Roethlisberger haunts Ravens

October 24, 2004|By DAVID STEELE

IF YOU THINK the Ravens don't have to worry about the Steelers until Christmas weekend, think again.

True, they have more imminent matters before them, starting with today's home game against the Buffalo Bills. As if there haven't been enough games dubbed "must-win" by observers, here's another, for a wealth of reasons.

Among them is that the Ravens have to keep pace with the 5-1, first-place Steelers, who, to the surprise of most, are already looking back at them in a division that was expected to belong to the Ravens, now 3-2.

Granted, the Ravens have already beaten the Steelers, convincingly, in Week 2 at home. Ordinarily, that would dampen any concerns about the Steelers pulling away too far and relegating the Ravens to wild-card contention too quickly.

Yet it is that very victory that has set the table for the shocker the Steelers are pulling on them and the rest of the NFL. By busting up Tommy Maddox, the Ravens unleashed Ben Roethlisberger.

And without even having faced the Ravens since his unscheduled NFL debut, the rookie quarterback has become a sizable thorn in the Ravens' sides.

In fact, he's going to cause problems for them even while he and the Steelers enjoy a bye week. He did the same last week while the Ravens were enjoying their Sunday off, by going to Dallas, engineering a fourth-quarter comeback and a Steelers win over the Cowboys, remaining perfect as a starter and generating yet another round of compliments from around the league. The talk now is that Roethlisberger has that elusive, hard-to-define "it," thus assuring that for the immediate future, so does his team.

And this has to do with the Ravens because ...

They have a young quarterback of their own who needs that sort of comparison - to a player of similar experience level and draft position, in his own division - like he needs another injured receiver.

When the Ravens came off their bye week, the same questions awaited them from when they'd left after the, shall we say, unconventional win over the Redskins. What's wrong with the offense? How long before all the missing pieces are back? How is it going to do without Jamal Lewis for two weeks? Can the defense and special teams really be expected to bail it out for 16 weeks, or more?

The weekly ritual resumed. Kyle Boller stuck up for himself. Brian Billick stuck up for him. Ray Lewis stuck up for him. Hope sprang eternal. The facts didn't change, though. The 2,000-yard running back and the Pro Bowl tight end still are missing in action for today, and Boller inches even further under the microscope.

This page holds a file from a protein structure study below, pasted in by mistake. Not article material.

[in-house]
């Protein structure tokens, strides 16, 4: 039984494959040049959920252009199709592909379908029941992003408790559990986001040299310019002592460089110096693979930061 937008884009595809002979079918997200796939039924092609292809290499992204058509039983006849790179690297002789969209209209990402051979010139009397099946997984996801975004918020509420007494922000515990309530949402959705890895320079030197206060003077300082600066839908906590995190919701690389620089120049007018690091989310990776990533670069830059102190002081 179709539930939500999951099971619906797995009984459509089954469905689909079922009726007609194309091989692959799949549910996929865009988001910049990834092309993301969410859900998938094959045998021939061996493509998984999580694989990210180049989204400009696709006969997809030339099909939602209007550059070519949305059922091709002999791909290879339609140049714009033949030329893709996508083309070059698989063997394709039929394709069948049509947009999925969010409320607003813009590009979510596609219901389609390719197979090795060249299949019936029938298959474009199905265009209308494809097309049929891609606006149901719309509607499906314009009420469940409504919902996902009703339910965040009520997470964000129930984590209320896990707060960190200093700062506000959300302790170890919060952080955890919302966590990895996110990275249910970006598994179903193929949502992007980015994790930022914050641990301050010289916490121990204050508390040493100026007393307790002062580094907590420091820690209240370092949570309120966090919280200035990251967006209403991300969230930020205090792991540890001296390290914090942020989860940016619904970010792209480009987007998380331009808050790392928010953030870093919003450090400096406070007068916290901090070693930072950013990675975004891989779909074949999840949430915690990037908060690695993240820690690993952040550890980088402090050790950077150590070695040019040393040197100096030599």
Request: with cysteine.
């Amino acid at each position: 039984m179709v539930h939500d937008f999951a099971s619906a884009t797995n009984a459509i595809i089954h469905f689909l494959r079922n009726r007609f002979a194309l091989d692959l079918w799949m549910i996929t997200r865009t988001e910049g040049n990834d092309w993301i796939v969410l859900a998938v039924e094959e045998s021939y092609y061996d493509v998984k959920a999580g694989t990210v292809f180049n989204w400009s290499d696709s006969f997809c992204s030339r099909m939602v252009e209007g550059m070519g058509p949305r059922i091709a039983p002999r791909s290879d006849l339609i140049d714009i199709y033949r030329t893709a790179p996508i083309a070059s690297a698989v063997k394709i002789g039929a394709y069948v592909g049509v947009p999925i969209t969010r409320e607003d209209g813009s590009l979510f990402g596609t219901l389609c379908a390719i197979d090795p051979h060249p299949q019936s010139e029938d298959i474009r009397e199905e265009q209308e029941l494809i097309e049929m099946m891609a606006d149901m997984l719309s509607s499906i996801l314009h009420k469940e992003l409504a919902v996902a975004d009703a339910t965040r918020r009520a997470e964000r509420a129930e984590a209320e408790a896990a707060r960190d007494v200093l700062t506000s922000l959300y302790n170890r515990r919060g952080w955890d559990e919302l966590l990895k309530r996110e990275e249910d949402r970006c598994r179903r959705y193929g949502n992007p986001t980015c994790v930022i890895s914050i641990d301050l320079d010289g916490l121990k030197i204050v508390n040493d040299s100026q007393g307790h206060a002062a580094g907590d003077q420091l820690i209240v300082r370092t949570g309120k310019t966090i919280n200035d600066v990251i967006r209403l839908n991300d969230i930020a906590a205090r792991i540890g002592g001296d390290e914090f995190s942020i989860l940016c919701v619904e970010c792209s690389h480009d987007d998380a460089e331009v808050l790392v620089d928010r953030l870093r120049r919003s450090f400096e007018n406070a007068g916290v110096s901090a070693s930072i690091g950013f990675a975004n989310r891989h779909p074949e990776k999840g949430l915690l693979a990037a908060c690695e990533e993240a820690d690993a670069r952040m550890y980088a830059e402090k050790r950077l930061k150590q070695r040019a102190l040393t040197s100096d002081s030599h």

The three-interception night at FedEx Field two weeks ago - even if at least one pick wasn't his fault - may have been a learning experience, but the patience for those types of lessons is going to grow thin eventually. The Ravens can only hope that such "lessons" don't cost them a game. Particularly a winnable one against a downtrodden but defensively capable opponent, while Jamal Lewis is still serving his suspension.

A game like today's, for example.

All of this is bad enough, but throwing the exploits of Roethlisberger in Pittsburgh into the mix makes it even more volatile. Bill Parcells compared him to Dan Marino before last week's game, and stuck with his assertion afterward, understandably so. The Steelers are 4-0 with him in charge, and no rookie quarterback has had such a long winning streak at the beginning of his career in 25 years.

Before, the Steelers looked like underachievers. Now, they look like the first-place team they are. Their defense is the polar opposite of what the Ravens trot out every week, especially with the Steelers' rash of injuries. But the gap at quarterback, albeit at an extremely early stage, is uncomfortably wide.

Fair or not, Boller will suffer for that comparison until one of two things happens. Roethlisberger cools off and begins playing like the neophyte he is, or Boller makes enough of a leap to make the comparison worthwhile.

Boller, of course, doesn't necessarily have to be the kind of quarterback Roethlisberger is showing himself to be right now. If all he does is stick to the formula and do just enough to get the Ravens a win - and keep them on track toward that Dec. 26 rematch in Pittsburgh - there won't be room for anyone to complain no matter how much it's become a habit.

But he absolutely can't be the kind that loses games, that gives them away, that creates a burden too big for the defense and special teams to bear.

If that happens, this week, next week in Philadelphia or any other week, Boller and the Ravens will continue to hear more than they can stand about the quarterback to the north of them, on the map and in the standings.

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